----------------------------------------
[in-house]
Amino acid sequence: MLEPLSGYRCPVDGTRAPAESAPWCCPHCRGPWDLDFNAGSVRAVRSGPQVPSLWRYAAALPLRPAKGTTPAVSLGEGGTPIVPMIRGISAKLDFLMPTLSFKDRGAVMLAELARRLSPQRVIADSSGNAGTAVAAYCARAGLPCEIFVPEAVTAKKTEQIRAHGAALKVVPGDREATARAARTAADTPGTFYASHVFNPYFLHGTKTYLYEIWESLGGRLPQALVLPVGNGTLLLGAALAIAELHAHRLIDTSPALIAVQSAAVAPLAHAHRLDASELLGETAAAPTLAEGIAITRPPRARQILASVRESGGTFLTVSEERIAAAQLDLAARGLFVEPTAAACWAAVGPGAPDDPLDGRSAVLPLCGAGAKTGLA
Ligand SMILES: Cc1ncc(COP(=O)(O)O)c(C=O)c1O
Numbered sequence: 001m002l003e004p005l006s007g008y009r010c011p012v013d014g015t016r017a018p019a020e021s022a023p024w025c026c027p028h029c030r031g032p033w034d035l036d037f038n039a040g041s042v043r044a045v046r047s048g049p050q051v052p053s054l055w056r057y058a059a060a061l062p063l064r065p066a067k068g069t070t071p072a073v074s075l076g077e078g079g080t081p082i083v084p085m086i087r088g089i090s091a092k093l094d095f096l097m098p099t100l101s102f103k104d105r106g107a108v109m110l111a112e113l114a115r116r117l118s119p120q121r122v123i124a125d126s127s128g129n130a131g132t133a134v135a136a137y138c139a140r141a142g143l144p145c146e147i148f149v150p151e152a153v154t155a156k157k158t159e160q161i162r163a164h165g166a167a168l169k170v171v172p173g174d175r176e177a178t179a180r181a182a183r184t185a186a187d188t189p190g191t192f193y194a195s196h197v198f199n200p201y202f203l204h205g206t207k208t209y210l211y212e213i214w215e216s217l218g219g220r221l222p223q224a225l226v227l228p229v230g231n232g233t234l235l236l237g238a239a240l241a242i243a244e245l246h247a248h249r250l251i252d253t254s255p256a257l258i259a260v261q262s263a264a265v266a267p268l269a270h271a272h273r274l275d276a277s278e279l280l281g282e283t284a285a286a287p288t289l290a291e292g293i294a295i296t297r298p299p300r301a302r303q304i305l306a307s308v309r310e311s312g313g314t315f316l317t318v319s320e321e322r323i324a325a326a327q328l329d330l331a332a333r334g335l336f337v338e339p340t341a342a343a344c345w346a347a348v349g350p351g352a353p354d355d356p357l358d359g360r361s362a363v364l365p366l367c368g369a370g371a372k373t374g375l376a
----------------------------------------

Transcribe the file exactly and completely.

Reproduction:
[in-house]
Amino acid sequence: MLEPLSGYRCPVDGTRAPAESAPWCCPHCRGPWDLDFNAGSVRAVRSGPQVPSLWRYAAALPLRPAKGTTPAVSLGEGGTPIVPMIRGISAKLDFLMPTLSFKDRGAVMLAELARRLSPQRVIADSSGNAGTAVAAYCARAGLPCEIFVPEAVTAKKTEQIRAHGAALKVVPGDREATARAARTAADTPGTFYASHVFNPYFLHGTKTYLYEIWESLGGRLPQALVLPVGNGTLLLGAALAIAELHAHRLIDTSPALIAVQSAAVAPLAHAHRLDASELLGETAAAPTLAEGIAITRPPRARQILASVRESGGTFLTVSEERIAAAQLDLAARGLFVEPTAAACWAAVGPGAPDDPLDGRSAVLPLCGAGAKTGLA
Ligand SMILES: Cc1ncc(COP(=O)(O)O)c(C=O)c1O
Numbered sequence: 001m002l003e004p005l006s007g008y009r010c011p012v013d014g015t016r017a018p019a020e021s022a023p024w025c026c027p028h029c030r031g032p033w034d035l036d037f038n039a040g041s042v043r044a045v046r047s048g049p050q051v052p053s054l055w056r057y058a059a060a061l062p063l064r065p066a067k068g069t070t071p072a073v074s075l076g077e078g079g080t081p082i083v084p085m086i087r088g089i090s091a092k093l094d095f096l097m098p099t100l101s102f103k104d105r106g107a108v109m110l111a112e113l114a115r116r117l118s119p120q121r122v123i124a125d126s127s128g129n130a131g132t133a134v135a136a137y138c139a140r141a142g143l144p145c146e147i148f149v150p151e152a153v154t155a156k157k158t159e160q161i162r163a164h165g166a167a168l169k170v171v172p173g174d175r176e177a178t179a180r181a182a183r184t185a186a187d188t189p190g191t192f193y194a195s196h197v198f199n200p201y202f203l204h205g206t207k208t209y210l211y212e213i214w215e216s217l218g219g220r221l222p223q224a225l226v227l228p229v230g231n232g233t234l235l236l237g238a239a240l241a242i243a244e245l246h247a248h249r250l251i252d253t254s255p256a257l258i259a260v261q262s263a264a265v266a267p268l269a270h271a272h273r274l275d276a277s278e279l280l281g282e283t284a285a286a287p288t289l290a291e292g293i294a295i296t297r298p299p300r301a302r303q304i305l306a307s308v309r310e311s312g313g314t315f316l317t318v319s320e321e322r323i324a325a326a327q328l329d330l331a332a333r334g335l336f337v338e339p340t341a342a343a344c345w346a347a348v349g350p351g352a353p354d355d356p357l358d359g360r361s362a363v364l365p366l367c368g369a370g371a372k373t374g375l376a